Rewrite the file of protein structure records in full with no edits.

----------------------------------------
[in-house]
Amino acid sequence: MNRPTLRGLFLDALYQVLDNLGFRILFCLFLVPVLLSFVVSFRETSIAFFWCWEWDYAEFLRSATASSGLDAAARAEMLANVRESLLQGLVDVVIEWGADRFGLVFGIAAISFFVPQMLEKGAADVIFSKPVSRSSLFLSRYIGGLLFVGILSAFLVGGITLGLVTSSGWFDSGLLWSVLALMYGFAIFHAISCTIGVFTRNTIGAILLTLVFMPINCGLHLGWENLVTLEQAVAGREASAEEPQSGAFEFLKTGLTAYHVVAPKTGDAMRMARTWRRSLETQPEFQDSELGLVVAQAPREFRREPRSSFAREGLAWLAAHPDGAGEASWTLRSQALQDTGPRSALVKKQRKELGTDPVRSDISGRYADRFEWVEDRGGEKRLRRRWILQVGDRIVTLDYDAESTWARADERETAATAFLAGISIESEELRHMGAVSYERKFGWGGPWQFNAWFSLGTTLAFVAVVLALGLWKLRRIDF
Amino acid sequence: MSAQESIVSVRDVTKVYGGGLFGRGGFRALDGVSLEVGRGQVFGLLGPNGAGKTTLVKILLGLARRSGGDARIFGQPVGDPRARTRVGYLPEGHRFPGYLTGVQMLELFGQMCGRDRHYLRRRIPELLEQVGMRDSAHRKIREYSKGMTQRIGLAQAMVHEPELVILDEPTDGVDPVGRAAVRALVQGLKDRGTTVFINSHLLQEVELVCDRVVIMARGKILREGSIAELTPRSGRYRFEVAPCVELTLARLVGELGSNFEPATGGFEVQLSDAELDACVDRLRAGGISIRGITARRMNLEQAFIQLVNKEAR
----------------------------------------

[in-house]
Amino acid sequence: MNRPTLRGLFLDALYQVLDNLGFRILFCLFLVPVLLSFVVSFRETSIAFFWCWEWDYAEFLRSATASSGLDAAARAEMLANVRESLLQGLVDVVIEWGADRFGLVFGIAAISFFVPQMLEKGAADVIFSKPVSRSSLFLSRYIGGLLFVGILSAFLVGGITLGLVTSSGWFDSGLLWSVLALMYGFAIFHAISCTIGVFTRNTIGAILLTLVFMPINCGLHLGWENLVTLEQAVAGREASAEEPQSGAFEFLKTGLTAYHVVAPKTGDAMRMARTWRRSLETQPEFQDSELGLVVAQAPREFRREPRSSFAREGLAWLAAHPDGAGEASWTLRSQALQDTGPRSALVKKQRKELGTDPVRSDISGRYADRFEWVEDRGGEKRLRRRWILQVGDRIVTLDYDAESTWARADERETAATAFLAGISIESEELRHMGAVSYERKFGWGGPWQFNAWFSLGTTLAFVAVVLALGLWKLRRIDF
Amino acid sequence: MSAQESIVSVRDVTKVYGGGLFGRGGFRALDGVSLEVGRGQVFGLLGPNGAGKTTLVKILLGLARRSGGDARIFGQPVGDPRARTRVGYLPEGHRFPGYLTGVQMLELFGQMCGRDRHYLRRRIPELLEQVGMRDSAHRKIREYSKGMTQRIGLAQAMVHEPELVILDEPTDGVDPVGRAAVRALVQGLKDRGTTVFINSHLLQEVELVCDRVVIMARGKILREGSIAELTPRSGRYRFEVAPCVELTLARLVGELGSNFEPATGGFEVQLSDAELDACVDRLRAGGISIRGITARRMNLEQAFIQLVNKEAR